Military Reaper Drone Documents Leaked on the Dark Web
Scope Note: Initial analysis into the leak of sensitive military information regarding the MQ-9 Reaper unmanned aerial vehicle was initiated as the result of analysts monitoring criminal activity on deep and dark web forums and marketplaces. Direct threat actor interaction allowed Insikt Group analysts to discover other leaked military information available from the same threat actor. Once identified, searches in Recorded Future revealed the extent of the actor’s activities.
On June 1, 2018, while monitoring criminal actor activities on the deep and dark web, Recorded Future’s Insikt Group identified an attempted sale of what we believe to be highly sensitive U.S. Air Force documents. Specifically, an English-speaking hacker claimed to have access to export-controlled documents pertaining to the MQ-9 Reaper unmanned aerial vehicle (UAV). Insikt analysts engaged the hacker and confirmed the validity of the compromised documents. Insikt Group identified the name and country of residence of an actor associated with a group we believe to be responsible. This analysis is available to our customers via Insikt’s blog. We continue to assist law enforcement in their investigation.
- Recorded Future identified a newly registered member of a hacking forum attempting to sell highly sensitive documents about the U.S. military MQ-9 Reaper drone.
- Following the first incident, the threat actor acknowledged another breach involving a large number of military documents from an unidentified officer.
- The documents contained a second dataset including the M1 Abrams maintenance manual, a tank platoon training course, a crew survival course, and documentation on improvised explosive device (IED) mitigation tactics.
- Insikt Group analysts learned that the attacker used a widely known tactic of gaining access to vulnerable Netgear routers with improperly setup FTP login credentials.
Manufactured by General Atomics, the MQ-9 Reaper is regarded as one of the most advanced and lethal military technology commissioned in the past two decades. According to open sources, Reaper was first introduced in 2001 and is currently used by the U.S. Air Force, the U.S. Navy, the CIA, U.S. Customs and Border Protection, NASA, and the militaries of several other countries.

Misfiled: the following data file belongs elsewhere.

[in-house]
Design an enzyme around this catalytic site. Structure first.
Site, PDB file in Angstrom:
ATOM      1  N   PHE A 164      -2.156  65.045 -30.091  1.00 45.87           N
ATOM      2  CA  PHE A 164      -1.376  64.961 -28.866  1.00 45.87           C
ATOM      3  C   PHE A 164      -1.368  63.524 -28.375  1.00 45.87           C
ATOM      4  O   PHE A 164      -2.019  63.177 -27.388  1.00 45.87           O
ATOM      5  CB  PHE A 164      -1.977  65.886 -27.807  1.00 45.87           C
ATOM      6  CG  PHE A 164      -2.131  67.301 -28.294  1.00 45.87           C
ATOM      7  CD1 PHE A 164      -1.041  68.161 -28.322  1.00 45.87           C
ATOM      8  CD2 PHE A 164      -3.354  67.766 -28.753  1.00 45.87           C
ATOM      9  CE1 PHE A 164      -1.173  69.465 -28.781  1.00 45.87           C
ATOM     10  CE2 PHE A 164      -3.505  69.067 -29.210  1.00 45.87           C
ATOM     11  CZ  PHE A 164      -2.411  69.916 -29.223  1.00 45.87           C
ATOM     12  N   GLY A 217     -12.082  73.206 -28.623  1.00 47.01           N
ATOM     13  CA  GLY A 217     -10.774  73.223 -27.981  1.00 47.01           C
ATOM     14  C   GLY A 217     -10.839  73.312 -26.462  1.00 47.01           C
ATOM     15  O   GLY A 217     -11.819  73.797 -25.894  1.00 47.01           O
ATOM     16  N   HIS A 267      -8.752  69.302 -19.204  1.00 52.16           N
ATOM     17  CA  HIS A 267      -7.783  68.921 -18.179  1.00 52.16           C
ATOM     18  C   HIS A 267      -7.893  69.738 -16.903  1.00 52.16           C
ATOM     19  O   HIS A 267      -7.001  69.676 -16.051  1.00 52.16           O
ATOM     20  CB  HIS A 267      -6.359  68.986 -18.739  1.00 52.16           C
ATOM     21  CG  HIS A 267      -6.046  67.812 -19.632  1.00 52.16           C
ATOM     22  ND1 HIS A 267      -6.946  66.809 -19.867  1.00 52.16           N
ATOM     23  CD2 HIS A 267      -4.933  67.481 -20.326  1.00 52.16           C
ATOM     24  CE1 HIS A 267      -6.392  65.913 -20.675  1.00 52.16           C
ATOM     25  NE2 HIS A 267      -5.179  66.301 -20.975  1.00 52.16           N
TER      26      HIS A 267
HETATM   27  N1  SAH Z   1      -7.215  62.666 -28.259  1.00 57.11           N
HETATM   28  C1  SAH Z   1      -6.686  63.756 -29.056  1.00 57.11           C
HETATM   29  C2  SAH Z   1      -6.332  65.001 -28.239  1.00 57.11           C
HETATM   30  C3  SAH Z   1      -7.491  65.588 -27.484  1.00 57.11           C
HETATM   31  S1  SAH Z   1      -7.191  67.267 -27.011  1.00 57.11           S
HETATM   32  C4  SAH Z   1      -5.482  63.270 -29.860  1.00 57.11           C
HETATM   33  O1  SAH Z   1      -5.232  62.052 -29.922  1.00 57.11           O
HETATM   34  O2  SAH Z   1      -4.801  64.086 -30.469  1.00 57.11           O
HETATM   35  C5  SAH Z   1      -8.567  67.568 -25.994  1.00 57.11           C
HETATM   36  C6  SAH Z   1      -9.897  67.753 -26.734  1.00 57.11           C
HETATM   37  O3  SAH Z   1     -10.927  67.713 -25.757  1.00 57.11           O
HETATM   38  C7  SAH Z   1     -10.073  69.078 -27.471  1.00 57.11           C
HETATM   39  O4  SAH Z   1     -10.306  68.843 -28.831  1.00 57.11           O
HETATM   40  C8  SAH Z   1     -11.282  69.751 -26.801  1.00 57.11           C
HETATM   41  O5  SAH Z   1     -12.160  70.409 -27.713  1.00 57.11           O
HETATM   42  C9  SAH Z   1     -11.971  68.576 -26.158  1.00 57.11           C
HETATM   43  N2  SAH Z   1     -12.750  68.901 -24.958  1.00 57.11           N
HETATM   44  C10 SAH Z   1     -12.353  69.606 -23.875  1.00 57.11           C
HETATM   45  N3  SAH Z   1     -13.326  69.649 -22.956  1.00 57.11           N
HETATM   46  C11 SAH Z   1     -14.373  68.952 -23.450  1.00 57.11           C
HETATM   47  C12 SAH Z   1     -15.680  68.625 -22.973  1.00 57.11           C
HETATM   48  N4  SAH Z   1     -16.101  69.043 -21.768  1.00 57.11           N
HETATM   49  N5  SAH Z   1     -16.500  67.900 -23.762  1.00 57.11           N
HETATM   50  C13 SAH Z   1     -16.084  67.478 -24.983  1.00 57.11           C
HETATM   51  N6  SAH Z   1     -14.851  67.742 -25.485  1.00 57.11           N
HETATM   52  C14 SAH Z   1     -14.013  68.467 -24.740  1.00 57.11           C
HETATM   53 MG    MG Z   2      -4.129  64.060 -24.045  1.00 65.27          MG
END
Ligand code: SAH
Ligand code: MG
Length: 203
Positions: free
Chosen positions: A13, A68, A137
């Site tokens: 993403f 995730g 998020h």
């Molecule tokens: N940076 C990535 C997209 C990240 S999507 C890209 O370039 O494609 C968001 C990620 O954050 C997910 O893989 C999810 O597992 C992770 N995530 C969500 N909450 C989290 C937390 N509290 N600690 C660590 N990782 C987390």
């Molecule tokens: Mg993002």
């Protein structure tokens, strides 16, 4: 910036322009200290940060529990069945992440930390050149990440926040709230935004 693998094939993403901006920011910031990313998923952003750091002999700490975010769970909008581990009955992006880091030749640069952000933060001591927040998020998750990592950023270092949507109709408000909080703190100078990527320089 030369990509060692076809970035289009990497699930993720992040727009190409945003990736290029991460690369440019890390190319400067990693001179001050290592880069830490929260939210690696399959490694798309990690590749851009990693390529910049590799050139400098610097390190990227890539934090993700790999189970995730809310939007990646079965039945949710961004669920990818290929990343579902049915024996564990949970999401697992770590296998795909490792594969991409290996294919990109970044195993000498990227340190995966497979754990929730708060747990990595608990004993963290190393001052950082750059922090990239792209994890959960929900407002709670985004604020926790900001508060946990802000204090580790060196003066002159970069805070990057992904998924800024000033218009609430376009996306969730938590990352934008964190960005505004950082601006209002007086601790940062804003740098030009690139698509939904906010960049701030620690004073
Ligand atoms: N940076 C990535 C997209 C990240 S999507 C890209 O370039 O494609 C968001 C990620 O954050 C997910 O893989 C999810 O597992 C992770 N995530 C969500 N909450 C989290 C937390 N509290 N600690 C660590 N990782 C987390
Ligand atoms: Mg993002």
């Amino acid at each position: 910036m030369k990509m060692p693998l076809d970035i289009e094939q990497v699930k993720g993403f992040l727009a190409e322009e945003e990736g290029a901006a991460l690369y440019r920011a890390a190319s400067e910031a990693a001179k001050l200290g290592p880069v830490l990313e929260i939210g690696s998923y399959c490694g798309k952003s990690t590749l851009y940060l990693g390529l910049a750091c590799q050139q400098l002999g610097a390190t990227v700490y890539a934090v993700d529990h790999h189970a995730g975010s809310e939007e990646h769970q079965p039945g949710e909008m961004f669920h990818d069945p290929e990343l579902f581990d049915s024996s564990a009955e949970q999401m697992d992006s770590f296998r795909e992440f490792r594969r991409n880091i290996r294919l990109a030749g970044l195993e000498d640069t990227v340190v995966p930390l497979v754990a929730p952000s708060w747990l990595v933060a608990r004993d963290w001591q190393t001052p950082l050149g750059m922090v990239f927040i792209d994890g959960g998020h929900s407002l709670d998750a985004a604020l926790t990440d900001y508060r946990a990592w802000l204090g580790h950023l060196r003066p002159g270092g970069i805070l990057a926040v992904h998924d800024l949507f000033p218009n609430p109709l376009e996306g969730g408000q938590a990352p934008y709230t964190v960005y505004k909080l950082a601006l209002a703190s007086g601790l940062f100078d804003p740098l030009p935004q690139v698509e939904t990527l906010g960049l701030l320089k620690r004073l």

In 2006, then Chief of Staff of the United States Air Force General T. Michael Moseley said, “We’ve moved from using UAVs primarily in intelligence, surveillance, and reconnaissance roles before Operation Iraqi Freedom, to a true hunter-killer role with the Reaper.”
It is not uncommon to uncover sensitive data like personally identifiable information (PII), login credentials, financial information, and medical records being offered for sale on the dark web. However, it is incredibly rare for criminal hackers to steal and then attempt to sell military documents on an open market.
In the weeks following the initial advertisement, Insikt Group analysts established and maintained direct contact with the hacker, learning that a previously disclosed FTP vulnerability in Netgear routers was exploited to gain access. Utilizing Shodan’s popular search engine, the actors scanned large segments of the internet for high-profile misconfigured routers that use a standard port 21 to hijack all valuable documents from compromised machines.
Utilizing the above-mentioned method, the hacker first infiltrated the computer of a captain at 432d Aircraft Maintenance Squadron Reaper AMU OIC, stationed at the Creech AFB in Nevada, and stole a cache of sensitive documents, including Reaper maintenance course books and the list of airmen assigned to Reaper AMU. While such course books are not classified materials on their own, in unfriendly hands, they could provide an adversary the ability to assess technical capabilities and weaknesses in one of the most technologically advanced aircrafts.